Blessed Easter and all Blessings, with love Fr Mark and Parishioners of St Bernard & St Ignatius

Thu 9 April 2020

My dear brothers and sisters,

This weekend we celebrate the most important feast in our Church year, the Easter Triduum. This is the time we reflect on our Lords Passion, Death and Resurrection. It is a time of special prayer. Although this year, we have to celebrate it with great sadness due to the Pandemic, we nevertheless can still make it a time of great joy. My prayers are with you all and I would like to assure you of my love for you and remembrance of you all during the times that I will be celebrating the Easter Liturgies  -  sadly alone. Below I leave you some thoughts of the Three stages of the celebration that we celebrate at this time.

Holy Thursday
On this day we commemorate the Institution of one of the greatest Sacraments given to us by Our Lord, namely, the Holy Eucharist. During this service we also have the Washing of the Feet. This is done to encourage us all to be of service to one another. After Our Lord had washed the disciple’s feet he told them just as he had, so too must they do, that is to be of service to one another. This is a call to humility.

When we look towards the institution of the Eucharist we need to ask ourselves a number of questions. First, Do I show appreciation for the Eucharist? This is especially important in this time of lockdown. Has my not being able to receive Our Lord in the sacrament of Communion developed in me a longing to receive him once again soon? For me, although I have been able to celebrate Mass every day and receive Our Lord, the absence of a congregation has been difficult because our reception of the Eucharist is a community affair.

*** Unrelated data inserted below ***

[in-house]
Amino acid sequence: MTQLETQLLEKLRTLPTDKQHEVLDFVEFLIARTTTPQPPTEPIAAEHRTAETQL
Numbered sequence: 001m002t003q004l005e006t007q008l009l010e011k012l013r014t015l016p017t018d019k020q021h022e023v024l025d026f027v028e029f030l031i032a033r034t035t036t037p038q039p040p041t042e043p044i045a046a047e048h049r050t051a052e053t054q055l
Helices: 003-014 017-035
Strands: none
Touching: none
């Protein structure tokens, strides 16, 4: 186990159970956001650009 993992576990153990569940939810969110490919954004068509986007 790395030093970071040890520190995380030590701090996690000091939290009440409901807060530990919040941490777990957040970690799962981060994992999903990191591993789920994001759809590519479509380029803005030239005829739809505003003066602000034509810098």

The second thought would be to ask myself, Do I receive Communion with a great love and reverence? The Eucharist is the centre of our faith and is the summit of our celebration and praise of God our Father. This Thursday let us all spend some time in quiet and give thanks to our Lord for the Eucharist. Pray for an overcoming of the Coronavirus and a time where we can celebrate Sunday Eucharist again together. Our Lord is waiting for us to come to him and ask for his graces and blessings.

After the Mass we normally have a chance to sit and reflect near the Altar of repose. My suggestion would be that we all find a space in our homes, set up a table with a nice cloth on it, a lit candle, a bible and a crucifix and sit for a time praying with Our Lord as he had asked the disciples to do in the Garden of Gethsemane.

Good Friday
Good Friday we celebrate the Passion of Our Lord Jesus Christ

The Gospel at the service is the Passion of Our Lord Jesus Christ according to St John.
Reading through the Passion we meet a number of characters who have some influence on the whole chain of events. The central character of coarse is Our Lord, but there are a number of other characters good and bad that we see play an important role.

  • I would like to reflect on four:
  • - our Lord’s Mother,
  • - two apostles, and
  • - one who is not mentioned in the Gospels but by tradition was part of the Passion.

First we look at Our Lord’s Mother and Our spiritual mother. We can imagine what the Passion would have been like for Our Lady. The anguish that she must have suffered. This was the child that she had given birth to, the child she had nurtured, the child that had brought her great joy. Now she has to witness how he has been rejected, scorned, beaten and been led out of the city to be crucified.